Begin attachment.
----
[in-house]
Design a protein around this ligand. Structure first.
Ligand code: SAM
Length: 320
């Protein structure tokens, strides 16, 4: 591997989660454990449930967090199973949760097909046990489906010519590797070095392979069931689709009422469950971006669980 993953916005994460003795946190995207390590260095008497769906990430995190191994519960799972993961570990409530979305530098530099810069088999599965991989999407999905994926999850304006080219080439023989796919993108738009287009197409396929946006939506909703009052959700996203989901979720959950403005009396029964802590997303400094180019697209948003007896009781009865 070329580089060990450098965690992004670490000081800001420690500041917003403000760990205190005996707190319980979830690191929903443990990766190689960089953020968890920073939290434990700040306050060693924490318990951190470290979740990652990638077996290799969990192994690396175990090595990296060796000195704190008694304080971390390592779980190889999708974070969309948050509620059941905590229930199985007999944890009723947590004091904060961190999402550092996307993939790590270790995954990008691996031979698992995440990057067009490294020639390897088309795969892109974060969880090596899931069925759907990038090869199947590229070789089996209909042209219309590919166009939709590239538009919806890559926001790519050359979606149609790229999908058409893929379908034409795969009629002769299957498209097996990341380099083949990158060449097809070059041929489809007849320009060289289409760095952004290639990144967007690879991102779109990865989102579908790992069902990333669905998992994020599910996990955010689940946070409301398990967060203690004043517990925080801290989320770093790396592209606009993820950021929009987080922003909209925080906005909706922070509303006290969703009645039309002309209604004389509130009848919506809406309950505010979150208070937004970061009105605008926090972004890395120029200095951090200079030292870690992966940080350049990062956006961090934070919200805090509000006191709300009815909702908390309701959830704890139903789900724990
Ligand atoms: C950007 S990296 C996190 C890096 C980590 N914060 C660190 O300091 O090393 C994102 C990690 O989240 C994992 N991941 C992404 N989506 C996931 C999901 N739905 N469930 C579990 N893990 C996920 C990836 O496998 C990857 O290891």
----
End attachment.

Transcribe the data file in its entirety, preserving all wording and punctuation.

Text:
[in-house]
Design a protein around this ligand. Structure first.
Ligand code: SAM
Length: 320
């Protein structure tokens, strides 16, 4: 591997989660454990449930967090199973949760097909046990489906010519590797070095392979069931689709009422469950971006669980 993953916005994460003795946190995207390590260095008497769906990430995190191994519960799972993961570990409530979305530098530099810069088999599965991989999407999905994926999850304006080219080439023989796919993108738009287009197409396929946006939506909703009052959700996203989901979720959950403005009396029964802590997303400094180019697209948003007896009781009865 070329580089060990450098965690992004670490000081800001420690500041917003403000760990205190005996707190319980979830690191929903443990990766190689960089953020968890920073939290434990700040306050060693924490318990951190470290979740990652990638077996290799969990192994690396175990090595990296060796000195704190008694304080971390390592779980190889999708974070969309948050509620059941905590229930199985007999944890009723947590004091904060961190999402550092996307993939790590270790995954990008691996031979698992995440990057067009490294020639390897088309795969892109974060969880090596899931069925759907990038090869199947590229070789089996209909042209219309590919166009939709590239538009919806890559926001790519050359979606149609790229999908058409893929379908034409795969009629002769299957498209097996990341380099083949990158060449097809070059041929489809007849320009060289289409760095952004290639990144967007690879991102779109990865989102579908790992069902990333669905998992994020599910996990955010689940946070409301398990967060203690004043517990925080801290989320770093790396592209606009993820950021929009987080922003909209925080906005909706922070509303006290969703009645039309002309209604004389509130009848919506809406309950505010979150208070937004970061009105605008926090972004890395120029200095951090200079030292870690992966940080350049990062956006961090934070919200805090509000006191709300009815909702908390309701959830704890139903789900724990
Ligand atoms: C950007 S990296 C996190 C890096 C980590 N914060 C660190 O300091 O090393 C994102 C990690 O989240 C994992 N991941 C992404 N989506 C996931 C999901 N739905 N469930 C579990 N893990 C996920 C990836 O496998 C990857 O290891």